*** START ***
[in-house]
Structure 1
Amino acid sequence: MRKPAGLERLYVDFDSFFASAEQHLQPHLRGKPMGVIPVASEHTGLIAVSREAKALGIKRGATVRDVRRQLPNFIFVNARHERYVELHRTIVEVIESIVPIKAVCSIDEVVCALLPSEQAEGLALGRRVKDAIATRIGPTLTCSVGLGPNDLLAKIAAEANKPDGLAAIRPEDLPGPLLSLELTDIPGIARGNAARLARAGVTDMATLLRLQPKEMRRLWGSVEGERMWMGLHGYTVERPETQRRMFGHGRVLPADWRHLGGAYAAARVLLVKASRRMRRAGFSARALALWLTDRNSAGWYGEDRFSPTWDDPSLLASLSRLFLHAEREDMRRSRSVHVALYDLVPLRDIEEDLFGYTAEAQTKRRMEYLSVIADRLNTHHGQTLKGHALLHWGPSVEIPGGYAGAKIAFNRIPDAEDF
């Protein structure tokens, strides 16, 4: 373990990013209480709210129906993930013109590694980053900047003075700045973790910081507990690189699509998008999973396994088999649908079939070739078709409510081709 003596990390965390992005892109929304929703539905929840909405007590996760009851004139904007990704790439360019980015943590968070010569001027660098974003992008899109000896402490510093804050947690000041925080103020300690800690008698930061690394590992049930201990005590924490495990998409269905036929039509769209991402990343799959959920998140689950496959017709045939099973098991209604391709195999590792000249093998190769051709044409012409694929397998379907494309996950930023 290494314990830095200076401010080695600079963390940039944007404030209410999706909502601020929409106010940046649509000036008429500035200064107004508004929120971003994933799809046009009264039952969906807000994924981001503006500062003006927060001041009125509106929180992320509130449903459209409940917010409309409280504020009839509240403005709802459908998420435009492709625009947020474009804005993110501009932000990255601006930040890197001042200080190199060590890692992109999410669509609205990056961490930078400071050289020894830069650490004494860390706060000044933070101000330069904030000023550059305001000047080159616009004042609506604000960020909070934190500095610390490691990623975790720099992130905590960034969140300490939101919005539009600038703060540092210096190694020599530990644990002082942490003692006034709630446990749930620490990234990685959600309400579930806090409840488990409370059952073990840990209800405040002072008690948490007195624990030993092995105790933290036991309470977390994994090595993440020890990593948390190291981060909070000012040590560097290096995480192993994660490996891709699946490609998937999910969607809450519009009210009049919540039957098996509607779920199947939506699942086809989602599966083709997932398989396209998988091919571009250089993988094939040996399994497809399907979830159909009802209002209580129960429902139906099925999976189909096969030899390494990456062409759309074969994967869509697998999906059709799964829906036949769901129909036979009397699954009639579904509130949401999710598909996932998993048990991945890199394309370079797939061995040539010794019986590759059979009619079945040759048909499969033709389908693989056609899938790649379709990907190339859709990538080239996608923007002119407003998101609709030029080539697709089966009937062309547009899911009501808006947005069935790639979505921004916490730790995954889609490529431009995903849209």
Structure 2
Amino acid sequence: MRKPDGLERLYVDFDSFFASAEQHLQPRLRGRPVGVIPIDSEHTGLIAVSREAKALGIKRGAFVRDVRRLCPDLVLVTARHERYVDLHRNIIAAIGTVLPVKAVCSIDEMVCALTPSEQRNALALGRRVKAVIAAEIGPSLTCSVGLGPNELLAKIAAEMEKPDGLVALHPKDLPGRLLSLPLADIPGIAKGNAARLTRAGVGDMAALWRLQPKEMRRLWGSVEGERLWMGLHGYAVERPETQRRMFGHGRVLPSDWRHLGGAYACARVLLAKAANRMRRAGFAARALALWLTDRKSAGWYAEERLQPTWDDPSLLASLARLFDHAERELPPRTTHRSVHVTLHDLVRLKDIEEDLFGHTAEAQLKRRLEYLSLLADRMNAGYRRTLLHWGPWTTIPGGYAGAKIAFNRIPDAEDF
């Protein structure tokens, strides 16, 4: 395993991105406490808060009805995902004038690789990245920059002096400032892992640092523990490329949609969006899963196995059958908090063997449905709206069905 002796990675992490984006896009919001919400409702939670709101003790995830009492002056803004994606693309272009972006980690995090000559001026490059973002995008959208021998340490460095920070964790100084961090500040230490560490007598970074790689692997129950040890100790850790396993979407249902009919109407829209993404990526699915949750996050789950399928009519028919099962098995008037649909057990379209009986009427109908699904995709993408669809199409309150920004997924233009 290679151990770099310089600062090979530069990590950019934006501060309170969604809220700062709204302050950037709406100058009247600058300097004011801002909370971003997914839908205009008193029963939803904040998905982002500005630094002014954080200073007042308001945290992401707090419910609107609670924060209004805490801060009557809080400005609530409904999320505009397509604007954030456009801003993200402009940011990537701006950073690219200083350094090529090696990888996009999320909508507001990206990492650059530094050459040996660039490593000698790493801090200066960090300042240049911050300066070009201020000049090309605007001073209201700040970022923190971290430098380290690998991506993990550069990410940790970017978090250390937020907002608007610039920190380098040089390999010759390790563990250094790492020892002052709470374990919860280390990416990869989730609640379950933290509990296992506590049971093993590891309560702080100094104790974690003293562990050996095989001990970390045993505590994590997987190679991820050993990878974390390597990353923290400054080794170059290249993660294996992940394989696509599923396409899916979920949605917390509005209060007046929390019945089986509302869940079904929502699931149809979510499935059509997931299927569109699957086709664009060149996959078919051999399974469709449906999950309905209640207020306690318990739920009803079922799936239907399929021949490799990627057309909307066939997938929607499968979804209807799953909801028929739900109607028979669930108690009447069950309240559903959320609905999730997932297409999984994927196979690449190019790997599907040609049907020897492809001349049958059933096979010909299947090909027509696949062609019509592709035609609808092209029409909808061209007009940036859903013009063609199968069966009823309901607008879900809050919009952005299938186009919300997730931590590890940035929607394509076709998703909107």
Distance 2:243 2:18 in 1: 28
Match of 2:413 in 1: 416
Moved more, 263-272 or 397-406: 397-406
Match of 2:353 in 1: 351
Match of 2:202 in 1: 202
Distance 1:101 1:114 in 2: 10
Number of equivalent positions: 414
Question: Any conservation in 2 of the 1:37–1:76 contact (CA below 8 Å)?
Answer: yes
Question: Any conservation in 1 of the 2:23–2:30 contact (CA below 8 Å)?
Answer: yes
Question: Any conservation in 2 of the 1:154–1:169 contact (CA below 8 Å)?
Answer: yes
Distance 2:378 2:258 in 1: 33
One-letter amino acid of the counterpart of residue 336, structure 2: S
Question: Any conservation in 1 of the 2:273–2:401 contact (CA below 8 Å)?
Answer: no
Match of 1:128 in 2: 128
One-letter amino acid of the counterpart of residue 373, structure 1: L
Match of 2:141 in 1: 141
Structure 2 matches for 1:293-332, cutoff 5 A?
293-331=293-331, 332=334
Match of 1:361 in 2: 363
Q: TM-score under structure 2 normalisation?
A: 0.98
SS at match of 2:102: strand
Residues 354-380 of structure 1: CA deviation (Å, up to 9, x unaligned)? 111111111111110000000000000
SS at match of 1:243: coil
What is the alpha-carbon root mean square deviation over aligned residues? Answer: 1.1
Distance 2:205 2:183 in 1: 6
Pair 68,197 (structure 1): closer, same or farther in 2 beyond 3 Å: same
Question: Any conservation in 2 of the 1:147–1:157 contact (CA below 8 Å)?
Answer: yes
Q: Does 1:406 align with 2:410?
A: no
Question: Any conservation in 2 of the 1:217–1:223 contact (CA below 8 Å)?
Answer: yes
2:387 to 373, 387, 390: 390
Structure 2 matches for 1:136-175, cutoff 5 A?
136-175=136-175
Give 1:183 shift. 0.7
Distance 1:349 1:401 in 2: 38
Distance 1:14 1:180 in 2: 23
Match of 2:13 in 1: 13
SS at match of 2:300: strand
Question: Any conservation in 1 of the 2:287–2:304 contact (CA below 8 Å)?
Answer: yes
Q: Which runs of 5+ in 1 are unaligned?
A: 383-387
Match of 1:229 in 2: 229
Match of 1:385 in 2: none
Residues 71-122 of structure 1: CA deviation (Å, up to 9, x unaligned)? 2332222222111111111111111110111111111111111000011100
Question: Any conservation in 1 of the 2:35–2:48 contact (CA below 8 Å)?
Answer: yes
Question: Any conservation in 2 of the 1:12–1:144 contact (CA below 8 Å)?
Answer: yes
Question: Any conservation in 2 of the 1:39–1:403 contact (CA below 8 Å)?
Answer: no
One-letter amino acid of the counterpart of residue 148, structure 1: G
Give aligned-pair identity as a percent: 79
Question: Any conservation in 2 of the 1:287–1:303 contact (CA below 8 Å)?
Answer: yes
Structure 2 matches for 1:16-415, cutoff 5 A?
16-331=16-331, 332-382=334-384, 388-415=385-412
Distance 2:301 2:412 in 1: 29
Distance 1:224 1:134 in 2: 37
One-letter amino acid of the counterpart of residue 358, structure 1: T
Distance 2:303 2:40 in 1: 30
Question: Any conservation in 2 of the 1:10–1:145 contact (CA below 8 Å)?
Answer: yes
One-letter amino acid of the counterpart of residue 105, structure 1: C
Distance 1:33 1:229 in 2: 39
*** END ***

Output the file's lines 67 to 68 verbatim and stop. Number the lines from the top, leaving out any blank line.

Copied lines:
Give aligned-pair identity as a percent: 79
Question: Any conservation in 2 of the 1:287–1:303 contact (CA below 8 Å)?